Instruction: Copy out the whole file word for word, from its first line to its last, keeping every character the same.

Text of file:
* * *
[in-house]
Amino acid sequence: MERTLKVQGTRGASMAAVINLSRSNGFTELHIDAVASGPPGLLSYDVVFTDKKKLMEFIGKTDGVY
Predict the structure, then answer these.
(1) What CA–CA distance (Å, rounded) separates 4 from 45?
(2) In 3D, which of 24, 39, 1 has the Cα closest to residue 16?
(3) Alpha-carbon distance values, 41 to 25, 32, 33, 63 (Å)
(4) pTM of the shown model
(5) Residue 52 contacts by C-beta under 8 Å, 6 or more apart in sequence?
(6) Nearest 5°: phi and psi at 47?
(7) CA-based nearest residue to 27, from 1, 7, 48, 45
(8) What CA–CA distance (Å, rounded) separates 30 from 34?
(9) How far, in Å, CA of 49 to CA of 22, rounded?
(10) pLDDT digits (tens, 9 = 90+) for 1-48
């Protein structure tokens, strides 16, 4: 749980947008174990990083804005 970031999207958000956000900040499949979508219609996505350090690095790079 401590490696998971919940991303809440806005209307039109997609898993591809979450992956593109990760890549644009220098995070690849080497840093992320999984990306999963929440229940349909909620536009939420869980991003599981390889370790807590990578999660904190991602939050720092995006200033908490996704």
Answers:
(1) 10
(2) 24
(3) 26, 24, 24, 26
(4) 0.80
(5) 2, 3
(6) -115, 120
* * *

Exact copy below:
[in-house]
Amino acid sequence: MERTLKVQGTRGASMAAVINLSRSNGFTELHIDAVASGPPGLLSYDVVFTDKKKLMEFIGKTDGVY
Predict the structure, then answer these.
(1) What CA–CA distance (Å, rounded) separates 4 from 45?
(2) In 3D, which of 24, 39, 1 has the Cα closest to residue 16?
(3) Alpha-carbon distance values, 41 to 25, 32, 33, 63 (Å)
(4) pTM of the shown model
(5) Residue 52 contacts by C-beta under 8 Å, 6 or more apart in sequence?
(6) Nearest 5°: phi and psi at 47?
(7) CA-based nearest residue to 27, from 1, 7, 48, 45
(8) What CA–CA distance (Å, rounded) separates 30 from 34?
(9) How far, in Å, CA of 49 to CA of 22, rounded?
(10) pLDDT digits (tens, 9 = 90+) for 1-48
């Protein structure tokens, strides 16, 4: 749980947008174990990083804005 970031999207958000956000900040499949979508219609996505350090690095790079 401590490696998971919940991303809440806005209307039109997609898993591809979450992956593109990760890549644009220098995070690849080497840093992320999984990306999963929440229940349909909620536009939420869980991003599981390889370790807590990578999660904190991602939050720092995006200033908490996704």
Answers:
(1) 10
(2) 24
(3) 26, 24, 24, 26
(4) 0.80
(5) 2, 3
(6) -115, 120